If you’re traveling to the United Arab Emirates during the holy month of Ramadan, eating or drinking in public during the fasting hours—as in, daylight—can get you a ticket. Also, it might be best to keep your hands to yourself: Islamic tradition affects both the culture here and its laws, so public displays of affection aren’t tolerated. In theory, an unmarried man and woman can even get in trouble for being found in a car with tinted windows.
Penalties: Penalties aren’t set in stone, but consider a few precedents: Two Brits who violated the PDA rule were sentenced to three months’ jail time, while a couple of juice-drinking travelers were recently fined about $275 each.
Don’t let the tropical weather tempt you to joy ride with your shirt off in Thailand. Police can (and do) hand out tickets if they spot you topless while driving a car or motorcycle.
Penalty: A mere slap on the wrist (or sun-burned shoulders). Tickets go for a few hundred baht (about $10).
Paying in Pennies, Canada
Canada’s Currency Act of 1985 sets out the guidelines for how coins should be used, including reasonable limits for the shelling out of endless coins. What’s reasonable? Don’t try using all coins to buy something that costs $10, or even using all one-dollar coins (sometimes called “loonies”) to pay for an item that costs more than $25. But then, what kind of loonie wants to carry so many coins anyway?
Penalty: If the seller actually wants to take all your pennies, he can, but by law he can also tell you to scram.
No Kissing at Train Stations, France and England
By some accounts, April 5, 1910 was the day romance died on French railways: Kissing was reportedly banned to help deter lover-induced rail delays. But the law seems to be unheard of today. “Are you sure this isn’t a law in Great Britain?” a French spokeswoman at the consulate asked us. What a coincidence: It turns out that Virgin Trains has recently posted “No Kissing” signs at its station in Warrington Bank Quay, in northwest England.
Penalty: While there’s no penalty now for train-related kissing in France, the folks at Warrington Bank Quay will politely ask you to move your smooching to the designated “kissing zone” near the car park.
Driving a Dirty Car, Moscow
Some say this is just an excuse for Moscow police to over-ticket drivers, but you should still watch the filth factor on your rental car. How dirty is dirty? That’s unclear. A recent newspaper survey explored the idea of how to even define “dirty”—almost half said a car was too filthy if you couldn’t read the license plate, while 9 percent said the determining factor was if you couldn’t see the driver.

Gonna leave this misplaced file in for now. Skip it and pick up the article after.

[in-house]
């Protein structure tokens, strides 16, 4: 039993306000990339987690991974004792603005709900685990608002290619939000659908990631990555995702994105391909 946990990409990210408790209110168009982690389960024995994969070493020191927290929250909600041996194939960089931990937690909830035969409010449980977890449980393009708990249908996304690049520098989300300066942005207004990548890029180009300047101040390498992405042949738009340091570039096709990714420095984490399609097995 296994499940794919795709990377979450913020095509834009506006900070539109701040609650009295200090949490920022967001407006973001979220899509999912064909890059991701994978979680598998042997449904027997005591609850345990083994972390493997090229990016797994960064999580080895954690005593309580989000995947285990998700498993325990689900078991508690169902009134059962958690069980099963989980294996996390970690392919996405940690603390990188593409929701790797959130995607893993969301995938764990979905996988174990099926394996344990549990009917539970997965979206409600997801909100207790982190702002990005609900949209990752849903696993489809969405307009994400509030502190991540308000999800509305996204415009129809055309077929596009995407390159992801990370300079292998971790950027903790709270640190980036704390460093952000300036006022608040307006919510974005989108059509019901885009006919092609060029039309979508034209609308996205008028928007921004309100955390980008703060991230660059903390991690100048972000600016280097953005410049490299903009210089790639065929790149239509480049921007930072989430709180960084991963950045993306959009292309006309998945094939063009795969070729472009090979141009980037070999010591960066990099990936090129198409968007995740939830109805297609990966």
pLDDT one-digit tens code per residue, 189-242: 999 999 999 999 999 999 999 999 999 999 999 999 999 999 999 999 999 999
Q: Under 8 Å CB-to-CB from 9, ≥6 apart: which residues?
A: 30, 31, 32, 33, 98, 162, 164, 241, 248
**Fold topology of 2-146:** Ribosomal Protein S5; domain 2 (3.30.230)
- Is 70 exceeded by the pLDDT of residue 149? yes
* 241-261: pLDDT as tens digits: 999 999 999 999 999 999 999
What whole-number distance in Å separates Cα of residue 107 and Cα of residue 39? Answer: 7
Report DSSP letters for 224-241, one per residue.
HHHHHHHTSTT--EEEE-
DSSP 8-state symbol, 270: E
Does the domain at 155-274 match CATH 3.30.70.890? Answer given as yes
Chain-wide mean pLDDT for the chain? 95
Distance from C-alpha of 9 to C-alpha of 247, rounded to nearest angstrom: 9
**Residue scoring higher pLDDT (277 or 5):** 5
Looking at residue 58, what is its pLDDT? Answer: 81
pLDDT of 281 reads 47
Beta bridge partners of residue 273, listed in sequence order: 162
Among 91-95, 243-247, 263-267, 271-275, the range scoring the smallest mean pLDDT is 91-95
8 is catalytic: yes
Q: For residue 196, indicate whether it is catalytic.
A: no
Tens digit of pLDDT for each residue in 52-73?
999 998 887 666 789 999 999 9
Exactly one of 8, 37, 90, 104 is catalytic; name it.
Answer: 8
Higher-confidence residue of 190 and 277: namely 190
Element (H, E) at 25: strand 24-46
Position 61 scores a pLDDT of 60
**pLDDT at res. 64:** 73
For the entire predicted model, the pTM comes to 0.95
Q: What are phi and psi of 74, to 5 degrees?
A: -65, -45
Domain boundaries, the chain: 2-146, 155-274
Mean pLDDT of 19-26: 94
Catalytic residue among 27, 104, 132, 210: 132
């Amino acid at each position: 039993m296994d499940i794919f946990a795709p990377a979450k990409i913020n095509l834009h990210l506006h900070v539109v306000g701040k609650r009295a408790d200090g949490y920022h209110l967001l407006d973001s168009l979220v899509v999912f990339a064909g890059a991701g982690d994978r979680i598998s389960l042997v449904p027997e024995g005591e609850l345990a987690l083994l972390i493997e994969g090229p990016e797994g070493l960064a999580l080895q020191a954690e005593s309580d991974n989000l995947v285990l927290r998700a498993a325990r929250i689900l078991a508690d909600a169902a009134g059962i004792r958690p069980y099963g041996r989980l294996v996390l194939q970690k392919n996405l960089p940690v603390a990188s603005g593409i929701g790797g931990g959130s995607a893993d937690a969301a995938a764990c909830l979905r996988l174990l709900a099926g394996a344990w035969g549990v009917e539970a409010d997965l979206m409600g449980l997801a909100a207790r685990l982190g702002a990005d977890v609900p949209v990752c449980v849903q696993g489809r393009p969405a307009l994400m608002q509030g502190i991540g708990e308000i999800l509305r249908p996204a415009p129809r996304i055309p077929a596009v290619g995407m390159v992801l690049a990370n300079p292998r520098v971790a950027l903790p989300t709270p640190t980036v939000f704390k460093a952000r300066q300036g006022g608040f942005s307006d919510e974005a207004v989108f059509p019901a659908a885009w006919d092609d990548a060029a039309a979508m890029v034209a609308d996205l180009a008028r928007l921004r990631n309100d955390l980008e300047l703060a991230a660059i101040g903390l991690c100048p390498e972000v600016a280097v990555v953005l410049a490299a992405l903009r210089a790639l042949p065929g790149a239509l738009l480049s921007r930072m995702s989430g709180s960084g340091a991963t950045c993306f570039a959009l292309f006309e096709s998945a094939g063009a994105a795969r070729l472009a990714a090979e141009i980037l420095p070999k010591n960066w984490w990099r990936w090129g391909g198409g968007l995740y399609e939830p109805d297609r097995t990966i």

Penalty: You can get a ticket. Fines might be, shall we say, open to interpretation. Here is a case where you might politely offer to pay the officer up front—$100 should cover it—and be on your way.
Strolling in a Bathing Suit, Grenada
Visiting cruise-ship passengers have gotten under the skin of the local police in Grenada, who cringe at tourists walking off the beach during their shore excursions and into town wearing nothing but their swimsuits. The police chief instituted a fine, and supposedly has also expressed interest in fining folks who wear their jeans too low.
Penalty: In theory, a $270 ticket, though the tourist board assures us that they don’t think it has really been enforced.
Driving With Headlights Off, Denmark
Renting a car? You must always drive with headlights on, says the law in Denmark and other Scandinavian countries. Studies have found that other drivers are more aware of surrounding vehicles when other cars’ lights are on, thus reducing accidents. The law may get adopted across the EU.
Penalty: Driving without headlights will get you a fine of a little under $100.
Chewing Gum, Singapore
Feeding birds, spitting, and not flushing public toilets will also get you in trouble. Singapore’s most quirky-seeming laws stem from the government’s well-meaning desire to keep things tidy—and let’s face it, gum wads, pigeon droppings, and unflushed toilets aren’t pretty. The infamous gum law actually loosened up in 2004, and Nicorette is now legal (though you have to get it through a doctor and they take down names). Selling regular gum is more of a problem than just casually chewing it, a spokesman says. And more changes are on the way: Gambling will become legal later in 2009, and you can now legally dance on top of bars.
Penalty: About $100 a ticket, especially for leaving a toilet un-flushed; many public loos auto-flush, we learned, but it’s wise to double-check on your way out.